Your sin has been made of no effect, Christ died for it.
That is why not only has sin been made irrelevant, so has all the crud it goes with it. The tears, the mockery, the insults, all of the challenges that sin brings into our lives.
That is the picture in the gospel, as God the King sends His servants out into the streets – go get everyone you see God tells us. And God will fill this place with everyone good and bad alike!
Because He will take care of their sin, and it will no longer disqualify them from being there!
This isn’t just a hope, it is what is promised, and the more we realize that, the more we see it revealed, the more we are revived from all the stuff that sucks the life out of us!
On to the feast
But because of that promise, made before we were born, made before creation, we look to the cross, and realize it is true.
The feast will happen, and we aren’t just invited as guests, we are the church, the Bride of Christ! The one the Apostle Paul wrote about when he penned,
“26 He made the church holy by the power of his word, and he made it pure by washing it with water. 27 Christ did this, so that he would have a glorious and holy church, without faults or spots or wrinkles or any other flaws. Ephesians 5:26-27 (CEV)
I would quote Paul again,
“What God has planned for people who love him is more than eyes have seen or ears have heard. It has never even entered our minds!” 1 Cor.2:9
I want you to think of how it is going to feel when we can finally gather inside again. When all those who have had to stay away are home, how it will feel to see Wanda back in her seat, and Debbie and Tom back in their seat, When Tony and Myrna are able to walk in again, when everyone is back where they belong….
And if you think that is incredible, think of the days when we gather before God’s throne, and Pastor Meier and his wife are there, as well as the Lingos, and Al Anderson, and Warren, Hugh, Armando, and Ted jr. and Bonnie and Clyde… wait… that didn’t sound quite right.
Imagine that day… a day promised to you, a day of celebration and feasting a day when ever sin has been lifted off of us, and there is no more despair!
This is what we are holding on for, this day when every promise becomes tue, just as they became true on the day Jesus rose from the dead…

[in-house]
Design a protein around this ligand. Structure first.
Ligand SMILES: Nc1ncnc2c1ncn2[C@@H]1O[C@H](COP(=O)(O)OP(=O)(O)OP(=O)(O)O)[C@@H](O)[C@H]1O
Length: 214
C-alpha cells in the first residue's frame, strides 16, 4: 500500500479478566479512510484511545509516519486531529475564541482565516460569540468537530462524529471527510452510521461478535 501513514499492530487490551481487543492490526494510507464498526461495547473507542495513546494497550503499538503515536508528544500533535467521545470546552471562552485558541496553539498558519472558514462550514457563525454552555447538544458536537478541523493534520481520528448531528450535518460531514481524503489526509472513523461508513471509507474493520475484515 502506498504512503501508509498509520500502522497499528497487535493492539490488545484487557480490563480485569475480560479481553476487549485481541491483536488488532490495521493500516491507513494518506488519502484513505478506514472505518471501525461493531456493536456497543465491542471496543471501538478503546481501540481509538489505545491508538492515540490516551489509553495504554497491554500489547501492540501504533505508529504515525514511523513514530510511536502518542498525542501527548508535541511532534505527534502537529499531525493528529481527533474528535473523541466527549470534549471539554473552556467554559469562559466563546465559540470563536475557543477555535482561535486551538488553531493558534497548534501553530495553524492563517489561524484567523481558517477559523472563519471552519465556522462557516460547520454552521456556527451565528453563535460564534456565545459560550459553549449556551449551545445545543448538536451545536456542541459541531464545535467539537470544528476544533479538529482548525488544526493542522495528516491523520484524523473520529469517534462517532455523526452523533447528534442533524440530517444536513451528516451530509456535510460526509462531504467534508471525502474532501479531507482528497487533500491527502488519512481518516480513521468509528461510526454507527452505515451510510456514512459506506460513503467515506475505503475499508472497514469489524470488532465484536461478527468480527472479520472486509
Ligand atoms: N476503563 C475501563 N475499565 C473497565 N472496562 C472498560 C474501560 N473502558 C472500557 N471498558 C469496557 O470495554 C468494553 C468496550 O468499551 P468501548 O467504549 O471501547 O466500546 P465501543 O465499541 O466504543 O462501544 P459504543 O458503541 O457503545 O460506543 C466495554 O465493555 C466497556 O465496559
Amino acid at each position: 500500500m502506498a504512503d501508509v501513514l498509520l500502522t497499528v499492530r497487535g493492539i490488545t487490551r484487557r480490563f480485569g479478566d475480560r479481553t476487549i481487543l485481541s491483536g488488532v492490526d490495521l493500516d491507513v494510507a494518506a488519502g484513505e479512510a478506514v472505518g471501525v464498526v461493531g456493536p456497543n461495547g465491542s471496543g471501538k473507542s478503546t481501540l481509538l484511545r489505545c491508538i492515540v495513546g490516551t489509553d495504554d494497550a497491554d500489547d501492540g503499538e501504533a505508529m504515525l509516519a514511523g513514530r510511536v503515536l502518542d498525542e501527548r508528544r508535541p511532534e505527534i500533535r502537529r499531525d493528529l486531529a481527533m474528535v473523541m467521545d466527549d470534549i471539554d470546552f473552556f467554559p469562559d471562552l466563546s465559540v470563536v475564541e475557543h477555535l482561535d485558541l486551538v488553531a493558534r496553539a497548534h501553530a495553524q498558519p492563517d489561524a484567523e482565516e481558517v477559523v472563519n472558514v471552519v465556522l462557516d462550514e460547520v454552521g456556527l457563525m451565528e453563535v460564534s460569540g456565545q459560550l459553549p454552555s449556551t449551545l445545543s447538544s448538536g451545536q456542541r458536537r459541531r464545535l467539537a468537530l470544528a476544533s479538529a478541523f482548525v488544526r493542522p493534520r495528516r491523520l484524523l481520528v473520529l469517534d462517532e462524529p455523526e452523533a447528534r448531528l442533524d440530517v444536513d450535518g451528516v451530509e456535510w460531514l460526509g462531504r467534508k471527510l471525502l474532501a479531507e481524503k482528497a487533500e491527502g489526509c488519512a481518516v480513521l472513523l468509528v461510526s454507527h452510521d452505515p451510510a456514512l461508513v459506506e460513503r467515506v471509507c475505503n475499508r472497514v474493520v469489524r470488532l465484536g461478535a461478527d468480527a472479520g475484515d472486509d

My friends, Alleluia, Jesus is Risen!
(He is Risen indeed! Alleluia!)
and therefore we are risen indeed! ALELLUIA.
This means we are in revival, a revival we realize because of the power of the promise of God! AMEN!
Devotional Thought for Today:
1 First of all, I ask you to pray for everyone. Ask God to help and bless them all, and tell God how thankful you are for each of them. 2 Pray for kings and others in power, so that we may live quiet and peaceful lives as we worship and honor God. 3 This kind of prayer is good, and it pleases God our Savior. 4 God wants everyone to be saved and to know the whole truth, which is, 5 There is only one God, and Christ Jesus is the only one who can bring us to God. Jesus was truly human, and he gave himself to rescue all of us. 6 God showed us this at the right time.
1 Timothy 2:1-6 (CEV)
“I think more of the place where I was baptized than of Rheims Cathedral where I was crowned. It is a greater thing to be a child of God than to be the ruler of a Kingdom. This last I shall lose at death but the other will be my passport to an everlasting glory.” (St. Louis IX, King of France)
746 From there, where you are working, let your heart escape to the Lord, right close to the Tabernacle, to tell him, without doing anything odd, “My Jesus, I love You”. Don’t be afraid to call him so—my Jesus—and to say it to him often.
In the same spirit of humility he directed in his will that the following inscription and noting more should be vut on his gravestone:-
WILLIAM CAREY, BOTRN AUGUST 17th, 1761.: DIED-
“A wretched, poor, and helpless worm…on Thy kind arms I fall.”
The king and the missionary knew the same thing.
They understood what truly mattered in life. Both had amazing successes, and failures beyond imagination. They were known and loved by some of those they served, and hated by others. Neither was perfect, yet both knew what mattered in their life, to the extent that I would hold their words up to you, and ask you to come to similar conclusions.
The same conclusion that St. Josemaria urges us, even as we work diligently, to let our hearts escape into God’s presence, and declare boldly, “my Jesus…”
You see that is what the great missionary to India meant, as he fell into the arms of Christ. Nothing else in his life was worth recognizing, save that. The King, choosing more important the moment where the Father unites him to Jesus, in the death and resurrection of Christ, (see Romans 6, Colossians 2) says the same thing.
Everything that is critical in life boils down to to that point, where Jesus makes us His people.
This is what we need to pray, that as God is revealed to people, that they know His love, and His mercy, so shown to us at the cross.
It is the presence of God that we need in our lives. That is where everything changes. To realize that is what Jesus gave up to gain for us, to be welcome there in the presence of the Father, to be drawn into the glorious love in which the Trinity dances, this is everything.
That is the point of the religion we call Christianity. Not to just explore where we have come from as humanity. Not just to reign in behavior, teaching people how to be good to each other.
Our purpose is that everyone, from people in France and India, clergy and politicians and those they lead, know the miracle of being welcome into the presence of God!